At the Top of His Game

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Rob Fukuzaki is inducted into the SoCal Sports Broadcasters Hall of Fame.

Rob Fukuzaki at the Southern California Sports Broadcasters Hall of Fame luncheon with his parents,

Rob Fukuzaki at the Southern California Sports Broadcasters Hall of Fame luncheon with his parents, Wil and Ann.

ABC7’s Rob Fukuzaki was inducted into the Southern California Sports Broadcasters Hall of Fame on Jan. 25.

The special ceremony took place at the Lakeside Country Club in Toluca Lake, where Fukuzaki was honored for his distinguished achievement in sports broadcasting.

In true “Rob form,” he thanked others for getting him to where he is today, including his parents.

Born in Torrance, Fukuzaki moved with his family to Honolulu when he was 3 years old. He attended Mid-Pacific Institute, a private high school in Honolulu, and graduated in 1984.

He returned to Southern California to study broadcast journalism, with an emphasis in radio and television, at the University of LaVerne, where he was named Broadcaster of the Year in 1986, 1987 and 1988. He also won several awards from the Southern California Broadcast Journalism Society.

After graduating in 1988, he returned to Hawaii, where he worked for Top 40 radio station KXPW. In 1989, he began working part-time for KITV doing sports reporting. He got a full-time slot later that year, working as weekday sports reporter and weekend anchor.

One of his memorable assignments at KITV was an award-winning hour-long special on sumo in Japan. The broadcast featured the three top-ranked wrestlers from Hawaii, including grand champions Akebono and Musashimaru.

Fukuzaki started at ABC7 in 1994, and as ABC7 President and General Manager Cheryl Fair recalled, he looked like a 15-year-old kid with the beautiful booming voice of a 50-year-old man. He was the first male Japanese American anchor to work in Los Angeles local television news.

He has gone on to cover some of the biggest sports stories, including Super Bowls, NBA championships, college football championships, and much more, in addition to hosting the post-game show “Sports Zone.”

As a singer, Fukuzaki has written and recorded tributes for legendary Dodgers manager Tommy Lasorda and former Dodgers star Raul Mondesi.

With as much as he’s accomplished in the sports broadcasting world, Fukuzaki is also proud of his work with the Heads Up Youth Foundation, of which he is the chairman. He founded the organization with friends and family in 1997 to assist disadvantaged youths in the Southland through sports programs.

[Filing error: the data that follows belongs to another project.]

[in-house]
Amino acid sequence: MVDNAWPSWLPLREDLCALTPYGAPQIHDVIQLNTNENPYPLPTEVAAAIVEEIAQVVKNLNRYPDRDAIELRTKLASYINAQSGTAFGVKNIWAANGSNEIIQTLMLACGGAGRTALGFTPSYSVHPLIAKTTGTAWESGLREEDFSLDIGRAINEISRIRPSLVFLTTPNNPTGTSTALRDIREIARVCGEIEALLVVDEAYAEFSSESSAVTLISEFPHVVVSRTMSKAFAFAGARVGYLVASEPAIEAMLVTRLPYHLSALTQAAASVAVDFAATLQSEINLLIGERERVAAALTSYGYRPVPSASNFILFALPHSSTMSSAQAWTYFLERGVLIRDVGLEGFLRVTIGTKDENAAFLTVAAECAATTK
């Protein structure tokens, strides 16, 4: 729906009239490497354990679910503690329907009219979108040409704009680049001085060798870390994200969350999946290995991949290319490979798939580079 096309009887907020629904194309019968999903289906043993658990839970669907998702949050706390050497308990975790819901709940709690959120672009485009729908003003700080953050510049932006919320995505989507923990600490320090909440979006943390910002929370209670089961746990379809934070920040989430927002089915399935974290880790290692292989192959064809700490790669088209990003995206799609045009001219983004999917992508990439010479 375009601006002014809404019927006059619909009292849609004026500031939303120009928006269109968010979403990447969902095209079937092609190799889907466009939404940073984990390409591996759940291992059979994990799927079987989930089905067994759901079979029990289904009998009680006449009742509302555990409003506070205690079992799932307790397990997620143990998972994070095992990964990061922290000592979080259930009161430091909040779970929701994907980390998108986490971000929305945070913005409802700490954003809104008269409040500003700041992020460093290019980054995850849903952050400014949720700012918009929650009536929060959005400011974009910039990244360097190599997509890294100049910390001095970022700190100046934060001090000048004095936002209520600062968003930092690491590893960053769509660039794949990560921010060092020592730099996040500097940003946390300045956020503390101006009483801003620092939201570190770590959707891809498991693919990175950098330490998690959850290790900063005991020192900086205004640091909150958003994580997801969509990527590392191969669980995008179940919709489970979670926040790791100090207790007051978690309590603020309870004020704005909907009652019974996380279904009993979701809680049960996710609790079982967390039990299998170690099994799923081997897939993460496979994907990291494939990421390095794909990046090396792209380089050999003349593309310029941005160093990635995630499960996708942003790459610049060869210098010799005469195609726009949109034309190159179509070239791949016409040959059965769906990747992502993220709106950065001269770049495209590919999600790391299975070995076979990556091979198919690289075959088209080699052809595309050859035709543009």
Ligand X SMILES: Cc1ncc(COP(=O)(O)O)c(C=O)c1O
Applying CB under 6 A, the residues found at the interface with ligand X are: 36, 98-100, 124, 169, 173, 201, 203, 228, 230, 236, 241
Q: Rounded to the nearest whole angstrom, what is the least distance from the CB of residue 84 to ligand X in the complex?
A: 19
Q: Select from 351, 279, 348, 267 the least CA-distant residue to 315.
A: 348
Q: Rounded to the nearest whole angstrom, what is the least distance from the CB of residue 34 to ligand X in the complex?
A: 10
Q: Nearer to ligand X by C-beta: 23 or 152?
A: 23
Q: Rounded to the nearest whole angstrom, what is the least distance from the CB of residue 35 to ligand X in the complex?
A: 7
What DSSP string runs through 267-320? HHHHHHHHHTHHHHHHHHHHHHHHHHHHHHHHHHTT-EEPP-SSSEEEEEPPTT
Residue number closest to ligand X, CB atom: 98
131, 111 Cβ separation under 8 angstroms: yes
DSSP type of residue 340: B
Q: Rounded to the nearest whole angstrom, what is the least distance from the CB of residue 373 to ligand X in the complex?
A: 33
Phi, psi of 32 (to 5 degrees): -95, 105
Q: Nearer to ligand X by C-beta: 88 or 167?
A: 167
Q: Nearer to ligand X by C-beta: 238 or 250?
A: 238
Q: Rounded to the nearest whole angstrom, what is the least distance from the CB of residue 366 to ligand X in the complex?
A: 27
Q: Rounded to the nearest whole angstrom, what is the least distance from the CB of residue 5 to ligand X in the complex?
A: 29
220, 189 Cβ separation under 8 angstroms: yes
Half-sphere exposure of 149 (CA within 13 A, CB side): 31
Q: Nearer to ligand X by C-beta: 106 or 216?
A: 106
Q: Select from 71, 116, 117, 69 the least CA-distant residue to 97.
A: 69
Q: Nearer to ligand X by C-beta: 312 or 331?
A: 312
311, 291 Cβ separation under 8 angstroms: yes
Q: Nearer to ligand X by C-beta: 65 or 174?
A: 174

Also inducted into the Hall of Fame were Jim Fox, who is in his 26th season as the L.A. Kings’ television commentator and spent his entire 10-year career as a member of the Kings, reaching ninth on their all-time scoring list; and the late Joe McDonnell, a long-time sports talk show host who worked at more than a dozen local radio stations, including KMPC and KFI, and was known for getting scoops and exclusives among some of L.A.’s most famous athletes.

Past inductees include Fred Roggin (2014), Chris Roberts (2012), Jim Hill (2010), Tom Kelly (2005), Stu Nahan (2001), Chick Hearn (1999), Dick Enberg (1998), Gil Stratton (1998) and Don Drysdale (1998).

The President’s Award went to Ann Meyers Drysdale, widow of Dodger great Don Drysdale, a four-time basketball All-American at UCLA, and commentator for the Indiana Packers. She has worked for NBC, CBS and ESPN while holding several executive positions in professional basketball.

The Lifetime Achievement Award went to Tommy Hawkins, basketball star at Notre Dame and with the Lakers, sportscaster, sports executive, jazz DJ, poet, and professional public speaker. He spent 15 years as sports director and talk show host at KABC-AM and 18 years as vice president of communications for the Dodgers.

Rob Fukuzaki with his wife Sharil and his ABC7 colleague Curt Sandoval.

Rob Fukuzaki with his wife Sharil and his ABC7 colleague Curt Sandoval.

Fukuzaki said in a Facebook post, “This is truly an incredible honor I am so humbled to receive. When I got the call in August that I was going to be one of the newest inductees into the Southern California Sports Broadcasters Hall of Fame, I was first of all stunned and in disbelief, thinking there must be some sort of mistake.

“To be joining the company of so many legends and heroes who were inspirations and influences to me to get into this industry, I don’t feel worthy but will forever be grateful first of all to the man upstairs. I thank the Good Lord for all of his blessings.

“This journey wouldn’t be possible without the great love, guidance, enormous support of my parents. I owe them everything. If there were a Hall of Fame for parents, they would be a unanimous first ballot. This honor is a dedication as tribute to my mom and dad.

“My wife Sharil has been my best friend and backbone over the last several years and I thank her for her understanding as well. Not easy dealing with my hours.

“I’m so grateful to all my family and friends who have always had my back and been there for me, along with my University of LaVerne family, who not only educated me but really prepared me for the working world.

“And, of course I, will always be so grateful to ABC7. Back in 1994 then News Director Cheryl Fair and President and GM Alan Nesbit gave me the opportunity taking a chance on a 27-year-old who looked like he was 17. And over the years I continue to appreciate the opportunity and am always grateful to the viewers and community for their support.”

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